The hospitality sector is largely dependent on the tourism sector which has been experiencing rebounding volumes. For the first time in 2012, earnings recorded a 17.8% increase from Kshs 84.6 bn in 2015 to Kshs 99.7 bn in 2016, while the number of international arrivals rose by 13.5% from 1.2 mn in 2015 to 1.3 mn in 2016. The meetings, incentives, conferences, and exhibition (MICE) drive by the government has been a key role in driving international tourist arrivals who are a major backbone of the hospitality industry. In a bid to diversify their revenue streams, developers are converting typical sites to accommodation facilities for hotel purposes. Additionally, a new concept, dual-branding which involves having two concepts such as serviced apartments and a hotel in the same building is also gaining popularity among investors.
Infrastructural development has seen land values go up while a growing population has ensured sustained demand. In the hope that land values will increase in the future, investors are increasingly buying land with the intention of selling it in the future, a concept known as land speculation. The land could be put to temporary use that generates income on a regular basis, a concept known as land banking. Additionally, in order to attract buyers, developers are also using agribusiness as a value add to plots intended for sale and offering returns on a seasonal basis to clients. The concept, known as agribusiness, entails agriculture activities, agro-insurance, complete farm management services and guaranteed market of the produce.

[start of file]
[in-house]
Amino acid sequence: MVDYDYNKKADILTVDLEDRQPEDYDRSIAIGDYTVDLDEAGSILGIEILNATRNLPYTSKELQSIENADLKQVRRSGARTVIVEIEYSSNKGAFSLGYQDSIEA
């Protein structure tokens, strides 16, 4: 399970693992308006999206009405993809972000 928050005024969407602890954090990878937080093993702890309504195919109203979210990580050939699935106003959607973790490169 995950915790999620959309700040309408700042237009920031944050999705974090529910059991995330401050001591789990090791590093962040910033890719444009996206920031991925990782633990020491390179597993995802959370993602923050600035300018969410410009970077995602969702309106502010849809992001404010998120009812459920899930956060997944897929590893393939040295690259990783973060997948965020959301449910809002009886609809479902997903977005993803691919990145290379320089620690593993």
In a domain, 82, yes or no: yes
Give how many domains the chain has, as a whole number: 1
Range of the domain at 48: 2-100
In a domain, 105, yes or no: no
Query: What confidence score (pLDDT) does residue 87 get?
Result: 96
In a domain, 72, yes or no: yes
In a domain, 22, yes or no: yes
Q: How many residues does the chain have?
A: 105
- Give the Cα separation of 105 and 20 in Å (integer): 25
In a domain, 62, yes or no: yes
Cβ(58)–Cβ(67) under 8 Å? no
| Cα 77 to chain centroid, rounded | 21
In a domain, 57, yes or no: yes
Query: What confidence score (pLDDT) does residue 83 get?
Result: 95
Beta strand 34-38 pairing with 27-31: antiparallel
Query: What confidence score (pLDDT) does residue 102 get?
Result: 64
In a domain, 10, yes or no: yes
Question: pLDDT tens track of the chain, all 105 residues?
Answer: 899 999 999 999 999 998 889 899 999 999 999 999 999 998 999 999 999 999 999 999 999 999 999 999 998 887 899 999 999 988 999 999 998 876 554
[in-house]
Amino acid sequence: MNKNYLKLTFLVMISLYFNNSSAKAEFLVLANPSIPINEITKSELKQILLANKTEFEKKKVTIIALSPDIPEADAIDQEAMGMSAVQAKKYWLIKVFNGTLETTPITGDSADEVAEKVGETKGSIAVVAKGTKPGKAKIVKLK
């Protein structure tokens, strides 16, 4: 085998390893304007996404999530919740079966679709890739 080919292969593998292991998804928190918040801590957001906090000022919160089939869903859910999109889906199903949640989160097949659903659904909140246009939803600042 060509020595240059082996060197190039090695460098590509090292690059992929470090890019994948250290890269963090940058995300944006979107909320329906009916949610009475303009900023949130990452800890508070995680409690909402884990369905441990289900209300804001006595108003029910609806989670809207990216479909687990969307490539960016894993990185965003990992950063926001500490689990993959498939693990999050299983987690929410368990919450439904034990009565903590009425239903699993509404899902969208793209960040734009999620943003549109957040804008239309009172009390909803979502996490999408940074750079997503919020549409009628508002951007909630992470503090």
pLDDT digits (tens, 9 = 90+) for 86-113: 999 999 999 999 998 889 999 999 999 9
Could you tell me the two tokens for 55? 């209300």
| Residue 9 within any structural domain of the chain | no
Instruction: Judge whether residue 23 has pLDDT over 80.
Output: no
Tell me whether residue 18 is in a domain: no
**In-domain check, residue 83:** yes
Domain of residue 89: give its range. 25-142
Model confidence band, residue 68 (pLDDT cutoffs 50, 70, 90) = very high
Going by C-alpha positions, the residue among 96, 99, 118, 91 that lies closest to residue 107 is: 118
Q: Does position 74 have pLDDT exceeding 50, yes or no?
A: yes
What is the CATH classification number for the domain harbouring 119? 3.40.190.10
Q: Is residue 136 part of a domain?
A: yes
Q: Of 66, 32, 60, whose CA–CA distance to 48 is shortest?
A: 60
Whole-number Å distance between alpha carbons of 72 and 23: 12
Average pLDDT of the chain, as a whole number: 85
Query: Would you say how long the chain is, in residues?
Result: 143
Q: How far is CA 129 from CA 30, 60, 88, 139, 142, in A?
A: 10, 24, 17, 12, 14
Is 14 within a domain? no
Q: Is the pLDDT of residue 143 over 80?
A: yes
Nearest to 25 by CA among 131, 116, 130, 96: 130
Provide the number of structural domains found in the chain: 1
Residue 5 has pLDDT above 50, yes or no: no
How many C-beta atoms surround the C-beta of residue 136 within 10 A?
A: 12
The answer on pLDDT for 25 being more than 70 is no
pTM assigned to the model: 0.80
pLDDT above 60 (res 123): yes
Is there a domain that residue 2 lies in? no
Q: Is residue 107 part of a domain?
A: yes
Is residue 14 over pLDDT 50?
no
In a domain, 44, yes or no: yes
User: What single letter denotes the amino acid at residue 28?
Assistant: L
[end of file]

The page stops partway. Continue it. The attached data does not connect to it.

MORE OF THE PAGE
In conclusion, with the continued interest in the Kenyan property market by both local and international players, continued investment in infrastructure and improvement of the legal environment, the Kenyan real estate sector is definitely poised for further growth in the long term.